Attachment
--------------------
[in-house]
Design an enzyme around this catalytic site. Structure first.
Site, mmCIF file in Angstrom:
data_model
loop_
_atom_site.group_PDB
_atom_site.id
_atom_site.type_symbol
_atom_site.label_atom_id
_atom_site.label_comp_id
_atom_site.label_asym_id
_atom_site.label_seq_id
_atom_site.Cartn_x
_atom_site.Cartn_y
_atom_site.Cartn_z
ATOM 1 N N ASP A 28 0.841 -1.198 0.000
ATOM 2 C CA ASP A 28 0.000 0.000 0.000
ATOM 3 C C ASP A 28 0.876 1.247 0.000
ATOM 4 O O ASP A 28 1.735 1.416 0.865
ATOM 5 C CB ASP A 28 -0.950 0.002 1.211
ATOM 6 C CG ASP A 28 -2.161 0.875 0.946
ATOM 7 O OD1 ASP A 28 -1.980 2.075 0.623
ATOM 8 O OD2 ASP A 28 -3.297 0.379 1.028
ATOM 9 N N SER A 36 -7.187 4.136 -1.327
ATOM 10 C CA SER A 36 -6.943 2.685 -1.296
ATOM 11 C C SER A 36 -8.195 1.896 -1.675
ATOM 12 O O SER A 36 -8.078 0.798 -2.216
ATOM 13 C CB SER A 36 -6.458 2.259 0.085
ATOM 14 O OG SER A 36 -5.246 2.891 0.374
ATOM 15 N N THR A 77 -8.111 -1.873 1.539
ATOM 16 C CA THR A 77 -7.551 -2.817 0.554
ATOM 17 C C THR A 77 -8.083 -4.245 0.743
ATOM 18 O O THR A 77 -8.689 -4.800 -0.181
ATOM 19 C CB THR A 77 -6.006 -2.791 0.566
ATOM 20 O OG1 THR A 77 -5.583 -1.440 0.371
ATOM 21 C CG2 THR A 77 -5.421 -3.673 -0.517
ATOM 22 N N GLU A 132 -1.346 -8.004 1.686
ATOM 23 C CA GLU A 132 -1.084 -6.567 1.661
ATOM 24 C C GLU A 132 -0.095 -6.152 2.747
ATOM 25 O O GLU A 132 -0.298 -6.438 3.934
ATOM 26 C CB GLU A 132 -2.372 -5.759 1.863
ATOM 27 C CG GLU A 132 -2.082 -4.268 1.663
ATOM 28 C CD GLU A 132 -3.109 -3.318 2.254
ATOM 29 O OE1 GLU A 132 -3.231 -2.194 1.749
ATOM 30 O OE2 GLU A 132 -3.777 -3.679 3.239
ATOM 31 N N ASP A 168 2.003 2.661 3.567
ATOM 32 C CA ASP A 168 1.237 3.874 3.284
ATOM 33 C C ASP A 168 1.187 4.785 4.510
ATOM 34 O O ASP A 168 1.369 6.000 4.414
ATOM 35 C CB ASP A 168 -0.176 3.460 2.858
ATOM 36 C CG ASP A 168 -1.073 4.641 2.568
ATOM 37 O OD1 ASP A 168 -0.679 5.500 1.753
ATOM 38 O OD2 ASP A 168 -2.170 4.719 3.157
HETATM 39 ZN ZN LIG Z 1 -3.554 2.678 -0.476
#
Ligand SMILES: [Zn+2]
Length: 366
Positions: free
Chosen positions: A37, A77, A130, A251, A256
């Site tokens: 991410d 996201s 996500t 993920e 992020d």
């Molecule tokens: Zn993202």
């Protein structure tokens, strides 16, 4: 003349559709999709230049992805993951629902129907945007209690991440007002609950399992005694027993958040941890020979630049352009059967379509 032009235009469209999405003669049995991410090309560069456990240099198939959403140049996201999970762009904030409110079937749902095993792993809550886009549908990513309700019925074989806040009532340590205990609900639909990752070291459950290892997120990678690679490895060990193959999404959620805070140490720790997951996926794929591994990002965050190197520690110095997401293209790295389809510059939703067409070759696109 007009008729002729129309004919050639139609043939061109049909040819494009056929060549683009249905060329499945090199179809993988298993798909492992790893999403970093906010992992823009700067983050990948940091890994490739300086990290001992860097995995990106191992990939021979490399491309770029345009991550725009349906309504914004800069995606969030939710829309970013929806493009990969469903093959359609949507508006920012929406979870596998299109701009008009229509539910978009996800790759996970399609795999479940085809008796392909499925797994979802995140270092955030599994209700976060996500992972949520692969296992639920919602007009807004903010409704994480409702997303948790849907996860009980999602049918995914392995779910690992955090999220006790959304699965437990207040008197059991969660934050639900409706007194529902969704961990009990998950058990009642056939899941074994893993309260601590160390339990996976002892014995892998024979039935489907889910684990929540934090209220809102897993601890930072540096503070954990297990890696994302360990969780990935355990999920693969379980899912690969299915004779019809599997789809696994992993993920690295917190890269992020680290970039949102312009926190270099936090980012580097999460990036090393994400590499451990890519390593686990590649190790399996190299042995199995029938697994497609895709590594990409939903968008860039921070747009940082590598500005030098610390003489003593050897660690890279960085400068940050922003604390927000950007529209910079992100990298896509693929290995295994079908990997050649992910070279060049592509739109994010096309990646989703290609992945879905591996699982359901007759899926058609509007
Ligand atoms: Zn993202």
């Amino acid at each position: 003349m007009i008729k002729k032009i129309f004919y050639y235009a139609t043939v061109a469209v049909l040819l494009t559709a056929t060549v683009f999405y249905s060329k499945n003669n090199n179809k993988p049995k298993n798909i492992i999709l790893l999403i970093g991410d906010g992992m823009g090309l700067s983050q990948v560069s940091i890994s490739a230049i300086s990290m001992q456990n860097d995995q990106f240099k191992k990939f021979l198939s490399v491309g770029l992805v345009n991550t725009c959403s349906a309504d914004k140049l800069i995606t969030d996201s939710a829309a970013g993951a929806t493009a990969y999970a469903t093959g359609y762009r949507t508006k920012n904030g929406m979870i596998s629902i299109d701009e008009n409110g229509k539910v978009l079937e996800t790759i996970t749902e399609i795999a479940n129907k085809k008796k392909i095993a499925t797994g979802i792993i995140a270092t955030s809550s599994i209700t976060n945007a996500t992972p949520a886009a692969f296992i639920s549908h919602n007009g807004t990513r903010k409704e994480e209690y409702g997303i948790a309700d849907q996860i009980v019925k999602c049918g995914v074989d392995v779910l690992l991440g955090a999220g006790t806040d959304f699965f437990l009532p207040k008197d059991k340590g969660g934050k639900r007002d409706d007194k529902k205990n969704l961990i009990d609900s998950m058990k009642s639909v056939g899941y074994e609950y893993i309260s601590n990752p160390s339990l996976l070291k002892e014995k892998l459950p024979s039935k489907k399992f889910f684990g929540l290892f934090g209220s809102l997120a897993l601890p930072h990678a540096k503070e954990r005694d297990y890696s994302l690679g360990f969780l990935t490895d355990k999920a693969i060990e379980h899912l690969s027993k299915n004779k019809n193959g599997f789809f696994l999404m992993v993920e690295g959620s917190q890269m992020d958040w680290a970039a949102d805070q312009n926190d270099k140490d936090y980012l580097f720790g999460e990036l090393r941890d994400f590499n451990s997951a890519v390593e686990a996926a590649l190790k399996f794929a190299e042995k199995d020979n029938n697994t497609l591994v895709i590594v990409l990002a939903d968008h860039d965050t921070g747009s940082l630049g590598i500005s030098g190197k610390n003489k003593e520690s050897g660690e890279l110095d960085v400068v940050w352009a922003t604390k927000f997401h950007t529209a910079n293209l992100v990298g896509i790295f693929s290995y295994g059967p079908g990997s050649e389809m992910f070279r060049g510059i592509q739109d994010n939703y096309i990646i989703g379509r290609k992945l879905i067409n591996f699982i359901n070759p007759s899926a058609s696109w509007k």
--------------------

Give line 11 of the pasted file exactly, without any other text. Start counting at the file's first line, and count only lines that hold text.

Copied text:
_atom_site.label_asym_id